The Maudlin Impression
English Literary Images of Mary Magdalene, 1550-1700
320 pages, 6.00 x 9.00 , 37 halftones
Paperback | 9780268022150 | October 2009
eBook (Web PDF) | 9780268075743 | October 2009
- Press Kit
- Author Bio
Patricia Badir's The Maudlin Impression investigates the figure of Mary Magdalene in post-medieval English religious writings and visual representations. Badir argues that the medieval Magdalene story was not discarded as part of Reformation iconoclasm, but was enthusiastically embraced by English writers and artists and retold in a wide array of genres. This rich study bridges the historical division between medieval and early modern culture by showing the ways in which Protestant writers, as well as Catholics, used the medieval stories, art, and symbolism related to the biblical Magdalene as resources for thinking about the role of the affective and erotic in Christian devotion. Their literary and artistic glosses protected a range of religious devotional practices and lent embodied, tangible form to the God of the Reformation. They employed the Magdalene figure to articulate religious experience by means of a poetics that could avoid controversial questions of religious art while exploring the potency and appeal of the beautiful.
The Maudlin Impression is a literary history of imitation and invention. It participates in the "religious turn" in early modern studies by demonstrating the resilience of a single topos across time and across changing Christian beliefs.
Patricia Badir is associate professor of English literature at the University of British Columbia.
"Badir reveals a Magdalene far more complex than the iconic sinner-saint. This Magdalene represents Catholic sacramental devotion, Protestant attention to the Word, vain luxuriousness, meditative bereavement, and aristocratic allure." —Times Literary Supplement
"In this well-researched and clearly written book, Badir draws on poetry, homilies, plays, sermons, and paintings. A valuable contribution for scholars of Renaissance literature, this will also be accessible to serious nonspecialists curious about the figure of Mary Magdalene." —Library Journal
“[Badir] analyzes images of the Magdalene in literary texts by writers ranging from the somewhat obscure—the medieval period’s Thomas Robinson and Lewis Wagner—to the canonical (John Donne, Nicholas Breton, Emilia Lanyer, George Herbert, Robert Herrick, and others). . . . This volume should interest anyone pursuing study of the early modern period, especially those focusing on religious texts.” —Choice
“In an original and illuminating study, Badir writes a new history of the Magdalene figure, one that turns on the irrevocable loss of Christ, first through his ascension and again through Protestant revisions of Eucharistic theology . . . In Badir’s insightful book, the Magdalene’s unique and imaginatively captivating role articulates an emerging meditative and representational poetics of absence and presence, of desire and grief.” —Renaissance Quarterly
“Who was Mary Magdalene? Patricia skillfully surveys early-modern English reimaginings, as they appear in a wide array of poems, biographies, religious tracts, homilies, dramas, and illustrations. Badir finally answers the question ‘Who was Mary Magdalene?’ by defining her as a lieu de memoire, or a site of memory, which took on various lives in time. Wide-ranging, well-documented, and sharply observed, this book usefully complicates the oft-repeated assertion that Mary Magdalene became a Counter-Reformation symbol of penance.” —The Catholic History Review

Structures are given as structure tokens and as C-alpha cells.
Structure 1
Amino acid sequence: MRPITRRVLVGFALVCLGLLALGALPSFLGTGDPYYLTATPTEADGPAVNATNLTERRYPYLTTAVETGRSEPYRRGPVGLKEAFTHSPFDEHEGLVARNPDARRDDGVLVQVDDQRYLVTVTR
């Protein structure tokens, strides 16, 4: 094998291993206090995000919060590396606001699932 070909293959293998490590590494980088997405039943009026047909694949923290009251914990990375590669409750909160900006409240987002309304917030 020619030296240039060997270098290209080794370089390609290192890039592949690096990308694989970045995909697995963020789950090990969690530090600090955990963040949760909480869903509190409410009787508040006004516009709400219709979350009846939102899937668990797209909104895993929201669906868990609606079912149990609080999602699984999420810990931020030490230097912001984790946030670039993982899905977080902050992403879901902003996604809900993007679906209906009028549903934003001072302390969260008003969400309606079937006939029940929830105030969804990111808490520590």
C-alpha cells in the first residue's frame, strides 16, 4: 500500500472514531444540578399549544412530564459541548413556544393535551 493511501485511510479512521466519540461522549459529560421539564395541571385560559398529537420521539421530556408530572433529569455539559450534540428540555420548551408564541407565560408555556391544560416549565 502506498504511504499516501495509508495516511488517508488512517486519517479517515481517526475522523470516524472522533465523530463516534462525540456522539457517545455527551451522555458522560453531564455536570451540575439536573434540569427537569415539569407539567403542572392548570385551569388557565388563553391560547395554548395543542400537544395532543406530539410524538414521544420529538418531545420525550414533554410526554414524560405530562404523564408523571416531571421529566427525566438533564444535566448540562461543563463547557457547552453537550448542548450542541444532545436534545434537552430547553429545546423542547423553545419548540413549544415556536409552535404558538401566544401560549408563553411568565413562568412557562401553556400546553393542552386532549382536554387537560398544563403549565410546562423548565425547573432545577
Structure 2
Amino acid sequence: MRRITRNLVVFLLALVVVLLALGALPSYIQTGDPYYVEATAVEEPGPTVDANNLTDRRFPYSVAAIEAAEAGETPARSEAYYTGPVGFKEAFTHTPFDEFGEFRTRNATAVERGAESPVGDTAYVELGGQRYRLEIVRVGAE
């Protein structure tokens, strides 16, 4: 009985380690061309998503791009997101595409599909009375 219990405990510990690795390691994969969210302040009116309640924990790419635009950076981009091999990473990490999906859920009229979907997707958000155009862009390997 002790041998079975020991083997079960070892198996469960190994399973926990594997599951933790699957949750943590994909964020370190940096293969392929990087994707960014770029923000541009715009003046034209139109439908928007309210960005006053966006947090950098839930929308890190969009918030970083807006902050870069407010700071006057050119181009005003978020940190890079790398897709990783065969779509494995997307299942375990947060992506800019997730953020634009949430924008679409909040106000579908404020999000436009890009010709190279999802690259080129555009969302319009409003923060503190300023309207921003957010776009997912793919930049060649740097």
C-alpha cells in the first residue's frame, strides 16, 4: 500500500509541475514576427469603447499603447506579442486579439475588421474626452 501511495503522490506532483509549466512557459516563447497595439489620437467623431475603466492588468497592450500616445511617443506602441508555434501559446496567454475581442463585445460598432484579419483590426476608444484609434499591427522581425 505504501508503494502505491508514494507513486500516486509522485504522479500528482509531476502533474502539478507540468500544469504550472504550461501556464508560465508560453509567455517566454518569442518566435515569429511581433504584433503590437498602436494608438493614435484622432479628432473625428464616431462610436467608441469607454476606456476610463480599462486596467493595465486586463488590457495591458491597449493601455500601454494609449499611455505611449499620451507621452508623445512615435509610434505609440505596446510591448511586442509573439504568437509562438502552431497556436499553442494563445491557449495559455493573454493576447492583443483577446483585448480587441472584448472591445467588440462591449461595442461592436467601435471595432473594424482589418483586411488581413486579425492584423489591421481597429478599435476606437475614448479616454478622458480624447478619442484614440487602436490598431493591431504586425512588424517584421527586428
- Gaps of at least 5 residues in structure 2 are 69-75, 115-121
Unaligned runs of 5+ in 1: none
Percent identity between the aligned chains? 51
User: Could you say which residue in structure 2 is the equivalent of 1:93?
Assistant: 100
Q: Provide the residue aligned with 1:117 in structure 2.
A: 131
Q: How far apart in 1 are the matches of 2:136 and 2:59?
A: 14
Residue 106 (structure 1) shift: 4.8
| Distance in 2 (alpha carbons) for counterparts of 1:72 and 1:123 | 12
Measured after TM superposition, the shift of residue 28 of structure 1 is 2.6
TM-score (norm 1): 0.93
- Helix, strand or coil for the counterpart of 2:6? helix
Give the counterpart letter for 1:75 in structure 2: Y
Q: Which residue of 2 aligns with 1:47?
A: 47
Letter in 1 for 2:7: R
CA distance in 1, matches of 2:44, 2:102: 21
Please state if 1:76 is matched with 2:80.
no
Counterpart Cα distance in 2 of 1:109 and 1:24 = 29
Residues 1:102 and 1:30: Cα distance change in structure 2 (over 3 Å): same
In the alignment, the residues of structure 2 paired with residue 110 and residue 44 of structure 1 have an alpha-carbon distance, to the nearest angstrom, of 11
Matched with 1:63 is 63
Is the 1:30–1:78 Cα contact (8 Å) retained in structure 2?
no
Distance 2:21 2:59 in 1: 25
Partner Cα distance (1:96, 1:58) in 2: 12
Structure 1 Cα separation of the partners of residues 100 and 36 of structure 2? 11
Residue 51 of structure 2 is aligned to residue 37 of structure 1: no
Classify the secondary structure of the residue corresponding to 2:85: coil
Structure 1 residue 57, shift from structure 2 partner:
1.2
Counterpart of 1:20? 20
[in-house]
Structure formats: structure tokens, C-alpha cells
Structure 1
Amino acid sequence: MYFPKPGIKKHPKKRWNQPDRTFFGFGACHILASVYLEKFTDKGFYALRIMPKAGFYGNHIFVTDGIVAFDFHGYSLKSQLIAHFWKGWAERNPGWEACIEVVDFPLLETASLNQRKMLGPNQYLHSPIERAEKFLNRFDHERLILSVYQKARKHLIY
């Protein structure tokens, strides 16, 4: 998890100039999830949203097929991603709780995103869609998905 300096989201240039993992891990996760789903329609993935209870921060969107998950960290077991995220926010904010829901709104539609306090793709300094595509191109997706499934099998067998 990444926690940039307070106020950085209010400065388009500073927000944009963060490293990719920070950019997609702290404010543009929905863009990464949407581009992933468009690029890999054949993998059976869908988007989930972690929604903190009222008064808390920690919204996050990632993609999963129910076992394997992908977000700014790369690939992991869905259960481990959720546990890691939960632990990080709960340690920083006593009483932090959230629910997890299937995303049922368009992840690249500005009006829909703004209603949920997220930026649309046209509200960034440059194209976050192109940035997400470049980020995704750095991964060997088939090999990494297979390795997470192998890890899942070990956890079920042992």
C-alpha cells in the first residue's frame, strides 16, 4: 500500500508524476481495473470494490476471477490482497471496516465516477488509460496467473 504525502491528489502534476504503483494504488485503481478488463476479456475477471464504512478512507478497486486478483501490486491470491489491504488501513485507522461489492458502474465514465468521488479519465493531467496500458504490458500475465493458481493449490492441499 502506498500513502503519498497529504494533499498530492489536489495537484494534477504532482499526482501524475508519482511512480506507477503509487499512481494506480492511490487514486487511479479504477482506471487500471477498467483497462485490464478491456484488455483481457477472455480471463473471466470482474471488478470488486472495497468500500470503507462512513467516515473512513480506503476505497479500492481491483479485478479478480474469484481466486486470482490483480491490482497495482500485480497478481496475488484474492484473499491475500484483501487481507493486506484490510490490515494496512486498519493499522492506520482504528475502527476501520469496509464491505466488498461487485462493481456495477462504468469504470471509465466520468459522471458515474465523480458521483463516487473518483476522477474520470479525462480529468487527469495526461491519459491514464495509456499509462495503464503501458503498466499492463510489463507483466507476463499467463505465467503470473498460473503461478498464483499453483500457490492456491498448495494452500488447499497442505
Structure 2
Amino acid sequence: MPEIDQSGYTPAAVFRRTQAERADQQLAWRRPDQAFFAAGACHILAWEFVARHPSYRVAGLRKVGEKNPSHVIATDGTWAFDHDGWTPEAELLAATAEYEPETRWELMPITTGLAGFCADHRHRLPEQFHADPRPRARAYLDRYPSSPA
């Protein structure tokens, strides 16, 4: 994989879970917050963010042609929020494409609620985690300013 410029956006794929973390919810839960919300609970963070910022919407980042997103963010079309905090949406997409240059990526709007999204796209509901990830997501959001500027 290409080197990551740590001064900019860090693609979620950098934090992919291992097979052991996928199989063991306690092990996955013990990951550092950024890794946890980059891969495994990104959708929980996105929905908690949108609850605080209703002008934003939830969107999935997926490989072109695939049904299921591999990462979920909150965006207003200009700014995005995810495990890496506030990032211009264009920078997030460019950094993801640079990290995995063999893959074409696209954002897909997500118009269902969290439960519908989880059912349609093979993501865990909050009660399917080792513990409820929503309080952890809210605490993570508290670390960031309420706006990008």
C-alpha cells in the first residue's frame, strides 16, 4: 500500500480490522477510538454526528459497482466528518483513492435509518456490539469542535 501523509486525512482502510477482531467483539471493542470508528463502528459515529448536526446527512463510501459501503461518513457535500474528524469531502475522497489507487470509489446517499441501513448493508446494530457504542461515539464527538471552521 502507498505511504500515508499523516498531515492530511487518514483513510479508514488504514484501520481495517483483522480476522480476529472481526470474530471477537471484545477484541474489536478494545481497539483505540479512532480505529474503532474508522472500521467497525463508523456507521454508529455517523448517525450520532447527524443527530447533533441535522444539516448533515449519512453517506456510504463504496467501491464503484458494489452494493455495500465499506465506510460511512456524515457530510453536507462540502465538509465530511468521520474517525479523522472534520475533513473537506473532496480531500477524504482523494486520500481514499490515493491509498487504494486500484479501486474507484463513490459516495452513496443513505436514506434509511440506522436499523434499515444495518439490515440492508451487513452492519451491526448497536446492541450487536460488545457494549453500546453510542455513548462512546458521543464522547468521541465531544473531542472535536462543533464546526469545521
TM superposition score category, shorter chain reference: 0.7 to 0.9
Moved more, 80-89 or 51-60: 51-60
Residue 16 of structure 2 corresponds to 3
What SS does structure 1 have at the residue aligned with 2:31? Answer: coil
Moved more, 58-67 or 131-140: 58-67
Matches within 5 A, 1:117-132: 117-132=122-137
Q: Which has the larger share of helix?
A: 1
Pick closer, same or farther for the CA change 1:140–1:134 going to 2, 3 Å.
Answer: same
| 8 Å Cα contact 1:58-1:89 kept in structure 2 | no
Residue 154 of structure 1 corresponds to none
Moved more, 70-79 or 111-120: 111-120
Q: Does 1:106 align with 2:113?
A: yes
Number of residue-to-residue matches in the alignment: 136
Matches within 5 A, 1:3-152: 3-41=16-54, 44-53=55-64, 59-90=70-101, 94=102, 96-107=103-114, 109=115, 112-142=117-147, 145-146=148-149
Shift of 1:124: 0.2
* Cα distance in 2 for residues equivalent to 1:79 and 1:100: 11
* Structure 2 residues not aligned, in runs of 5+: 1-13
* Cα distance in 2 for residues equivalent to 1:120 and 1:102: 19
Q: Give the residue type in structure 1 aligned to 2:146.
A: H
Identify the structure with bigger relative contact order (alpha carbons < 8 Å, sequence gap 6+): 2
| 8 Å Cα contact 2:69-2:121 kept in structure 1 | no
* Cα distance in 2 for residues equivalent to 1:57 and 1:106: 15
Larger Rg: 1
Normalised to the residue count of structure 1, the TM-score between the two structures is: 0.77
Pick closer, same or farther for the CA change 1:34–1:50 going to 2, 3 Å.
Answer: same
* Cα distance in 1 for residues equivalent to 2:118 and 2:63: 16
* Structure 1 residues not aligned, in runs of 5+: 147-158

“The underlying thesis of this well-researched and intriguing book is that the Magdalene negotiates the losses of the Reformation for both Protestant and Counter-Reformation writers. . . . The central thesis of the work is compelling; the Magdalene proves a fruitful site for the investigation of the continuities, as well as the ruptures, of the Reformation.” —The Journal of Ecclesiastical History
“Patricia Badir examines the figure of Mary Magdalene in England from the Reformation to the Restoration. Exploring drama, poetry, sermons, and artworks, she argues that Mary Magdalene served as a ‘site of memory’ that could transcend the rupture with the medieval past, and evoke the experience of Christ’s physical presence for those generations deprived of the Eucharist after the rejection of transubstantiation.” —Parergon
“Patricia Badir considers Herbert’s ‘Marie Magdalene’ within the context of emblematic illustrations of her washing of Christ’s feet. She finds in the poem’s epigrammatic conciseness a parallel to visual depictions of an already well-known scene.” —The Year’s Work in English Studies
“Badir’s research . . . surely provides another example of the current trend to undermine any sharp dichotomy between medieval and early modern, Catholic and Protestant devotional sensibilities. Such scholarship, especially when it is presented with such original and insightful interplay between the verbal and the visual, deserves the attention of scholars of early modern England.” —Sixteenth Century Journal
“The final chapter—on the Magdalene’s afterlife in decadent Restoration art and drama—is dazzlingly provocative. It reads like the destination toward which the entire book has been leading, and it provides an entirely new perspective on the character of Angellica Bianca in Behn’s The Rover. Perhaps even better is the marvelous postscript titled “A Something Else Thereby” after a line from John Donne’s “The Relique,” in which Badir reads that hauntingly cryptic poem in the light of the tradition the book explores.” —Modern Philology